Assumptions

February 2010 – Closely related to limiting beliefs, which we discussed a couple of months ago, is the second of the “Big 4” energy blocks which prevent us from making conscious choices and reaching our potential: Assumptions.

An assumption is a belief that is based on the premise that because something happened in the past, it is automatically going to happen again in the future.

Making choices based on our assumptions, is tantamount to letting the past control the future. That prevents us from achieving our goals and living optimally. Consider, how much effort are we likely to put into an endeavor if we already “know” (based on our past experience) that it won’t work? The result of holding on to our assumptions is that we hold ourselves back from being fully engaged in life and thereby missing out on many opportunities.

Imagine this scenario: A young associate in the banking practice group is instructed by the firm’s senior partner to begin work on a real estate file. The associate feels frustrated by her lack of knowledge in this new practice area and with the lack of confidence she exhibits with each new real estate transaction. She makes mental comparisons with the ease with which she handled her banking files and feels more bogged down with the real estate transactions. She assumes, based on her initial experiences, that she’ll never succeed in this new practice group. If she continues making the assumption that she is not good at this type of work, then it’s unlikely that she’ll devote all her energies to the new field. Moreover, the catabolic, negative, energy she brings with her to the work will unlikely yield positive results. And that will hold her back from achieving peak performance as an attorney. Without her even realizing it, she will have created more proof that her assumption was correct. A self fulfilling prophecy if you will.

We make assumptions all the time. More often than not we work under the assumption’s premise without questioning its validity. Before questioning and overcoming assumptions, we need to recognize them. What assumptions can you identify in your life? To help understand the widespread nature of assumptions, here are a few typical examples:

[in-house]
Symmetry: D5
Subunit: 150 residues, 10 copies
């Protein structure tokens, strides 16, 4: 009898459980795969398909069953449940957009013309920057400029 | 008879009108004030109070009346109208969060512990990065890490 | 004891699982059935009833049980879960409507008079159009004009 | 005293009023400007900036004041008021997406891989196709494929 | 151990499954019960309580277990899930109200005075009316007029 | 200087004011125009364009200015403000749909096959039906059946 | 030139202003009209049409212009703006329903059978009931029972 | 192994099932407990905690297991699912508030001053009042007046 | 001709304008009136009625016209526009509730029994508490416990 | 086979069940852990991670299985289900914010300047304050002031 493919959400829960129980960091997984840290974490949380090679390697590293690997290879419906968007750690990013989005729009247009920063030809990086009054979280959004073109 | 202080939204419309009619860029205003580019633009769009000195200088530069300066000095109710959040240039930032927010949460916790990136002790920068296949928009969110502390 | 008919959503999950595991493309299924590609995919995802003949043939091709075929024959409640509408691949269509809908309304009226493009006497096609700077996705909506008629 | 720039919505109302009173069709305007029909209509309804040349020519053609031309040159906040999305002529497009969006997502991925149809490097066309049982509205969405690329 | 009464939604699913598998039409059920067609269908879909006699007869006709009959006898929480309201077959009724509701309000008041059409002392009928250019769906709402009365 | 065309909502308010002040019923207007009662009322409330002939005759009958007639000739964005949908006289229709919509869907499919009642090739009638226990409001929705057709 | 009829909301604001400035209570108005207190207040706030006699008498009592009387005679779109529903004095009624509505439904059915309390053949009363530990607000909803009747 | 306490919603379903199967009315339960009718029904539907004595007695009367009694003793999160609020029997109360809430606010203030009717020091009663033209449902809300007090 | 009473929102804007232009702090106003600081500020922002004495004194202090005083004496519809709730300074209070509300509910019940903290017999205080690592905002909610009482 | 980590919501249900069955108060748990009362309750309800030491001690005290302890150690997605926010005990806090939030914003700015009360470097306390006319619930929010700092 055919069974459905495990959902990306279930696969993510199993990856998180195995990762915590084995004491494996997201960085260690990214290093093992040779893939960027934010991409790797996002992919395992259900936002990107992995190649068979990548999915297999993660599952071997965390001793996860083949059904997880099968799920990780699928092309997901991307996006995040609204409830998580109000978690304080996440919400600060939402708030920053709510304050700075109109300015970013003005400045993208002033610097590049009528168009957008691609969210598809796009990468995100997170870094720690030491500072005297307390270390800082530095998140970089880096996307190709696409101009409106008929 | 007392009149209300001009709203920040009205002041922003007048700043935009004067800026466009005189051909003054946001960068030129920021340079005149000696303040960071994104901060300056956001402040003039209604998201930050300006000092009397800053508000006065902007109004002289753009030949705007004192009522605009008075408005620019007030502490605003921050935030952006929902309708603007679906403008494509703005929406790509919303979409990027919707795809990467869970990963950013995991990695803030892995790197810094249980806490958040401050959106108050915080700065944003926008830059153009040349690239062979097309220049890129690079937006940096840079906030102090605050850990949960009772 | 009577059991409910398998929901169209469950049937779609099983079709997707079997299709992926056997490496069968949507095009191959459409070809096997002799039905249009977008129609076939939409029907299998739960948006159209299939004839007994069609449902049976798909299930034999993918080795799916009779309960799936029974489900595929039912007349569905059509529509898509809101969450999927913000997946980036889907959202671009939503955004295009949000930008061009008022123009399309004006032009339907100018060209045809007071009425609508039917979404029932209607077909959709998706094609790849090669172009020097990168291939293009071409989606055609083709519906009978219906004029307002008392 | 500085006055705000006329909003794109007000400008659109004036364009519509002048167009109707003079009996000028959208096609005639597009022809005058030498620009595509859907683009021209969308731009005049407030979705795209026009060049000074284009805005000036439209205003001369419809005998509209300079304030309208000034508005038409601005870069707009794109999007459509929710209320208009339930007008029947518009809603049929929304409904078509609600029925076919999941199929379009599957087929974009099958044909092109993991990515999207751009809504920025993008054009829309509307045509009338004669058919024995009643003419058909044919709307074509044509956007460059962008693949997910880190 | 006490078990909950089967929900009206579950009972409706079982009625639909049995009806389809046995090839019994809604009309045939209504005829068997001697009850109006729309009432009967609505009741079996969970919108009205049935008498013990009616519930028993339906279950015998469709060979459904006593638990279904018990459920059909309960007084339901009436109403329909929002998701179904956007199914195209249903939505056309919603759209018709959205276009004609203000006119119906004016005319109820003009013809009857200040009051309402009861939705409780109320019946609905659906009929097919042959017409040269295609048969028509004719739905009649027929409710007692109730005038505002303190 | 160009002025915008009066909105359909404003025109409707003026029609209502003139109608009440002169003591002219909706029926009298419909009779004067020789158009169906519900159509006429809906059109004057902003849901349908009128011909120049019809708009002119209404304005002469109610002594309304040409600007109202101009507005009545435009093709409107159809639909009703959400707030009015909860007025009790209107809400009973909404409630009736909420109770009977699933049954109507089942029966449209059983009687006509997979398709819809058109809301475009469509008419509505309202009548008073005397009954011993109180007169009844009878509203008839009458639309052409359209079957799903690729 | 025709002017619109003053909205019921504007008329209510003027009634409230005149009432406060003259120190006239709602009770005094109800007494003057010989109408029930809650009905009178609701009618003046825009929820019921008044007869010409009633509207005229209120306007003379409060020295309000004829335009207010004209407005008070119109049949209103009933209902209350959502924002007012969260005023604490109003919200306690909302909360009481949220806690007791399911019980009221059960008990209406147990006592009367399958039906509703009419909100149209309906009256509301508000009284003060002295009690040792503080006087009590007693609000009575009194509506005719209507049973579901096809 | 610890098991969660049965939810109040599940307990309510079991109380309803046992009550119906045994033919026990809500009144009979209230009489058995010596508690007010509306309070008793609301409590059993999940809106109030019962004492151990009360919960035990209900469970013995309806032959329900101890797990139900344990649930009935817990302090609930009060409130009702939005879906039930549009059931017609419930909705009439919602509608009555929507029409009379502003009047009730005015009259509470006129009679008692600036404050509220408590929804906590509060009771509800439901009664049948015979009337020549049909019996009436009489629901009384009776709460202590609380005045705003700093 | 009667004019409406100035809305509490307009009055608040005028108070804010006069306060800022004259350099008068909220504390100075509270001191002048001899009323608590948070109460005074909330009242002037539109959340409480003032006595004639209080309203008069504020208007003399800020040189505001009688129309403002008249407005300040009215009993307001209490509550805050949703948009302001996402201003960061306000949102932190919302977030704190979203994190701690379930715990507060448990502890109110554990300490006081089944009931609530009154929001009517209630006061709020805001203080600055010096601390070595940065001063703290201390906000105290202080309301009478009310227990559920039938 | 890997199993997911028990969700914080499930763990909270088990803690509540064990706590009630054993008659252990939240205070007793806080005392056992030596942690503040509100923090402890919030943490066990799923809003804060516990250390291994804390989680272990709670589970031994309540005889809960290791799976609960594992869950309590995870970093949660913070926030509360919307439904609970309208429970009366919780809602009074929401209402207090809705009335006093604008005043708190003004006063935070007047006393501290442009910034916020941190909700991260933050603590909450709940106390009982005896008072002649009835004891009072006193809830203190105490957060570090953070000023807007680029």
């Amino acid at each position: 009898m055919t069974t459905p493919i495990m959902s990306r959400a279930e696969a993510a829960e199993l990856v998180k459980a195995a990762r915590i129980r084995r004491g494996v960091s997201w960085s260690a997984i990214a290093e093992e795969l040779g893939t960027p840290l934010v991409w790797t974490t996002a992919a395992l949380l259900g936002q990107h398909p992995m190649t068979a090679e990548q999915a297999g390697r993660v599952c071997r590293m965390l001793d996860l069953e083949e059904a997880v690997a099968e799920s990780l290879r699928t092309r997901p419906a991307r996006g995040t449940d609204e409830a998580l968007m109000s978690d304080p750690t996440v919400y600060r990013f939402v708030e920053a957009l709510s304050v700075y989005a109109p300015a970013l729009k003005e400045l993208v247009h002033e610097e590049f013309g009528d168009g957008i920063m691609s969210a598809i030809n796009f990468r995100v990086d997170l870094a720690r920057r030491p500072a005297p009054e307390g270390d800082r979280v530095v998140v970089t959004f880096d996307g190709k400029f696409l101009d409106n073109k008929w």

• If I don’t do it myself, it won’t be done right.
  • I never remember names.
  • I’m no good at interviewing.
  • No one listens to what I’m saying.
  • I always choose the lane with the traffic jam.

See how assumptions are similar to limiting beliefs? The main difference between the two is that limiting beliefs are based on what others have said whereas assumptions are primarily based on personal experience. Of course being based on personal experience, assumptions are internalized and emotional, and are therefore somewhat difficult to let go of. Delving deep to remove the emotion of the past experience may be necessary before moving forward.

The main question to ask when challenging an assumption is simply “Just because that happened in the past, must it happen again?”

This month, when you just “know” that something won’t work based on your past experience, recognize your assumption for what it is, question it and realize the opportunities you’ll miss by remaining bound to the assumption. Then, consciously choose to let it go, take positive action and move towards full engagement in your life.

More on the positive effects of being fully engaged in life in future issues.

Consider the possibilities.

Adam J. Krim                                                                                                    www.driveconsulting.net

 

About Adam J. Krim

Adam works as a Certified Professional Coach, delivering soft skills training seminars on a variety of topics, including Time Management, Harnessing Stress, Decision Making, Problem Solving and more.
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